Nat and I love wildlife spotting. We commit to early mornings and extended periods of quiet observation hoping to see a platypus or a little penguin. We’ve also been on our fair share of ecotours. While we understand you can’t make the wildlife appear, it often feels like nature is toying with us – but that’s nature spotting. Harder to accept is that we feel like we are the only ones missing out.
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Do you find this? You’re shattered, you’ve struck out on your whale shark cruise. Then, when you return to camp, everyone you speak to saw three of them and swam with them for hours. And they’ll happily tell you about it for as long as you’ll listen. It’s not a great feeling.
Risk Vs Reward
When we arrived in Exmouth it was early in the whale shark season. Sightings were being described as ‘inconsistent’ so we opted not to risk our money. Of course, everyone we spoke to who went on a tour saw them. We thought some of them had to be lying; after all, who would admit to blowing nearly $1000? Or maybe that’s just how we dealt with our nature spotting envy.
One night we had dinner at an Exmouth Game Fishing Club event, feasting on the best burgers we’d ever eaten. We were joined at our table by a guy called Tom. He had just returned from a successful whale shark cruise and was bursting with excitement. As he told us about his trip, little pieces of hamburger shot from his mouth as he described the trip with uncontrollable enthusiasm.
‘It was beautiful! The sky was so blue and the colour of the water…’. I smiled, nodded and swayed to one side to avoid the spec of meat launched in my direction. Finally, he got to the part when he was in the water with the whale shark.
‘It was awesome! We swam with it for three, maybe four minutes – it was incredible!’.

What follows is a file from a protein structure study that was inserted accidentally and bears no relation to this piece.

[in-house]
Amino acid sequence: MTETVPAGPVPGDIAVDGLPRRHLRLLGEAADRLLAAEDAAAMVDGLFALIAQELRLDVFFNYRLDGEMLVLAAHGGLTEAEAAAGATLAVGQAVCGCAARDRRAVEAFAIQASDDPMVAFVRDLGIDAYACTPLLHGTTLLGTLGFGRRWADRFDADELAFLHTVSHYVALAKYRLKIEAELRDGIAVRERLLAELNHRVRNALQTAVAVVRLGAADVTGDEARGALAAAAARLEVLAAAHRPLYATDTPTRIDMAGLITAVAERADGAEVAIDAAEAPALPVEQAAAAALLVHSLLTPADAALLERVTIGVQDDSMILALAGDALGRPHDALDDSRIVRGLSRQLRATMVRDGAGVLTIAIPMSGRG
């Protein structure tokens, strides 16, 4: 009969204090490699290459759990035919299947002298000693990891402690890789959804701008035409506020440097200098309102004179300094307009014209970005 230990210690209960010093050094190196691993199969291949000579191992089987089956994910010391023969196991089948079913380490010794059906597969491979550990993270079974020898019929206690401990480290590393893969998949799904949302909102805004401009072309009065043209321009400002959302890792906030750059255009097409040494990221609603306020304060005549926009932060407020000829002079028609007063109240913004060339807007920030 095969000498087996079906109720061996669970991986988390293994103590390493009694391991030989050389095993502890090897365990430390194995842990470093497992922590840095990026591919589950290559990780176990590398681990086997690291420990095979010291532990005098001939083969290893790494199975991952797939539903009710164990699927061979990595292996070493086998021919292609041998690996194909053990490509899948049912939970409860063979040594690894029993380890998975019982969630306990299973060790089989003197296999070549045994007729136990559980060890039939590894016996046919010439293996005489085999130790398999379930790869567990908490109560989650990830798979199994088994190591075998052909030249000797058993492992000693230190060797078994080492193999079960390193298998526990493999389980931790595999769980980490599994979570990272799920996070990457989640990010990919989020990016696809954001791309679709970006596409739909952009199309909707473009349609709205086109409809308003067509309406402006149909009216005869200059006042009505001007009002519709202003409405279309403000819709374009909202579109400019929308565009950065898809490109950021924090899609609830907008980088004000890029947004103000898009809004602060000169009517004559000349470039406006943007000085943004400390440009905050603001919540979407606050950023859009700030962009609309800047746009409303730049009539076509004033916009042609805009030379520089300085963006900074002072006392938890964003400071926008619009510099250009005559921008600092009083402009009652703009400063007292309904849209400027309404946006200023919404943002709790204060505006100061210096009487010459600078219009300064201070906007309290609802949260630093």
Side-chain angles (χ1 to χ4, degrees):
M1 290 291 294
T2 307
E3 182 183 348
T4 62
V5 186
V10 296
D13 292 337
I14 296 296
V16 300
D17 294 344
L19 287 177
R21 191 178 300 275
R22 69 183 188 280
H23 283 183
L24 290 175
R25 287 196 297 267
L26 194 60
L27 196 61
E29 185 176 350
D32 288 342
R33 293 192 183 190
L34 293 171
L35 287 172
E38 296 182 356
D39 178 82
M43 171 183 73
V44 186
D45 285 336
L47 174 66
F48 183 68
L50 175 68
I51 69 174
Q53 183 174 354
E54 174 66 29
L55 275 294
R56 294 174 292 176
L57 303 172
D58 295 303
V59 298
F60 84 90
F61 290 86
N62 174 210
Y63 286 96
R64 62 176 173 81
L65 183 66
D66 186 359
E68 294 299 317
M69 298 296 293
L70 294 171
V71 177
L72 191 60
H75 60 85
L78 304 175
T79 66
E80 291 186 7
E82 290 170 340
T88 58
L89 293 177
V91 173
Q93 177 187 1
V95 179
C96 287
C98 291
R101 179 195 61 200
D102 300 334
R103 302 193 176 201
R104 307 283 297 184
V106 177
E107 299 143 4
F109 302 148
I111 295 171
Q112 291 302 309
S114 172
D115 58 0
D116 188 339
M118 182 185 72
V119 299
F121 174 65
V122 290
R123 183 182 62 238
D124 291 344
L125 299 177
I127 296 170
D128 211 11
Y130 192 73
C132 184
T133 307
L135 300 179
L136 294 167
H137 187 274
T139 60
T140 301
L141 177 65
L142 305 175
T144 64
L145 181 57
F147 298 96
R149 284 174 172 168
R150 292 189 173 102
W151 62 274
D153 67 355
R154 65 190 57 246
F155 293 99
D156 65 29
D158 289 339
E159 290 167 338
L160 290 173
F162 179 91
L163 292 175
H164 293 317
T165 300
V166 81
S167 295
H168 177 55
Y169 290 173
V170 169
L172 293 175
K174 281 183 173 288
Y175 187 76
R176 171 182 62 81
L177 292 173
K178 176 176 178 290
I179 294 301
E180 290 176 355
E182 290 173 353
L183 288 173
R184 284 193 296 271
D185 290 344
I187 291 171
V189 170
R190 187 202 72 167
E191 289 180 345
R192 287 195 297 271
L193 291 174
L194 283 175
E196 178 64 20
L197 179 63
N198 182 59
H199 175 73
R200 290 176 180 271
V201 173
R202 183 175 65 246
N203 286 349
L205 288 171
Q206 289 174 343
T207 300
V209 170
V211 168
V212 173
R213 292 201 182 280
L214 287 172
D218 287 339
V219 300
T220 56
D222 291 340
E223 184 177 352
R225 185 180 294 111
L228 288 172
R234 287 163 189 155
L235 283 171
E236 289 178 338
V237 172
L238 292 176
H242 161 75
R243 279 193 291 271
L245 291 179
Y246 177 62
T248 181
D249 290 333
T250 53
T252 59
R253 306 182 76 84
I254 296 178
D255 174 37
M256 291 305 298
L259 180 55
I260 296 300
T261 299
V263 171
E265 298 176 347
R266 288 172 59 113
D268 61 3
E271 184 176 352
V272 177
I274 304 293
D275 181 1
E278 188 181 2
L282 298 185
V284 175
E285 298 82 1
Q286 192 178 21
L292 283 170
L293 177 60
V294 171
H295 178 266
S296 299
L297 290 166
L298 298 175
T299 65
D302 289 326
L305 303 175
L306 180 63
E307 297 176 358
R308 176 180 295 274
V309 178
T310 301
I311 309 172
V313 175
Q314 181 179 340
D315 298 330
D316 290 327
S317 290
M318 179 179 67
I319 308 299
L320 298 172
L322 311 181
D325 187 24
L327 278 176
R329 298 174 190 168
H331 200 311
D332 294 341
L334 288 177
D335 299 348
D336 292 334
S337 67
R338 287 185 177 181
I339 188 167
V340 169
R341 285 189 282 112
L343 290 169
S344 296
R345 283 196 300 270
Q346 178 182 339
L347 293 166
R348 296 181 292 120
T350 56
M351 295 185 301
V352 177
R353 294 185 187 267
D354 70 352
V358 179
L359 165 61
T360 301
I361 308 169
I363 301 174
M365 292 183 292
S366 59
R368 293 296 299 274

Three or four minutes? Nat flicked a small piece of lettuce off her arm and we exchanged a quick glance. Three or four minutes? Was it really worth it? Since we’d decided not to go out, we of course thought it wasn’t. That’s not to say we weren’t still extremely jealous.
While the money was one issue, we were also getting over another recent nature spotting fail. On a visit to the Sydney Aquarium we’d seen dugongs and thought they were fascinating, likeable looking animals. When we had the chance to go on a dugong cruise in Monkey Mia, we jumped at it.
To be fair, when we booked we were warned it was getting late in the dugong spotting season. Even so, the boat’s skipper had reported seeing dugongs on every outing for the last couple of weeks. That was good enough for us.
Cruising around Shark Bay on a catamaran was brilliant. Dolphins swam on the bow wave and sea snakes slithered by. The sound of the boat sliding through the water filled us with a sense of freedom and the breeze provided much needed relief from the heat of the land. The experience was close to perfection. Our dugong cruise was only missing one thing – dugongs.
Now you see it…
It was soon obvious that our skipper was becoming increasingly agitated. The only thing happening more frequently than trying a new course was the mention of how late in the dugong season it was. Nat and I sensed there was increasing cause for concern. Then, moments after we were told we were returning to base, there was shouting from the bridge – we’d found one.
With equal amounts of excitement and relief we were directed to the front of the boat. With cameras poised and stares fixed at the water we saw it. A long brown shape slowly appeared near the surface – then submerged. We held our breath waiting for another appearance, but it never came.
Photographic evidence required
Nat was desperately trying to convince herself that she had seen her first wild dugong. She asked if I’d got a picture of it, but I couldn’t confirm that I had. It would take a more forensic examination of the images than my camera’s small LCD screen allowed.
Our skipper was ecstatic. He made the turn for home with renewed energy and obvious satisfaction that his run of sightings had continued. For us? Yes, technically, we probably had seen a dugong, but it was hardly the stuff of a David Attenborough special.
That evening I loaded the pictures onto the computer and, sure enough, there in the middle of one of them was a brown smudge. It was official, we had seen a dugong. It was a sighting, which at best, would be described as fleeting but when asked around camp how the cruise went we could answer honesty…
‘yep it was awesome’ we’d tell them. ‘We saw it for three, maybe four seconds – it was incredible!’.
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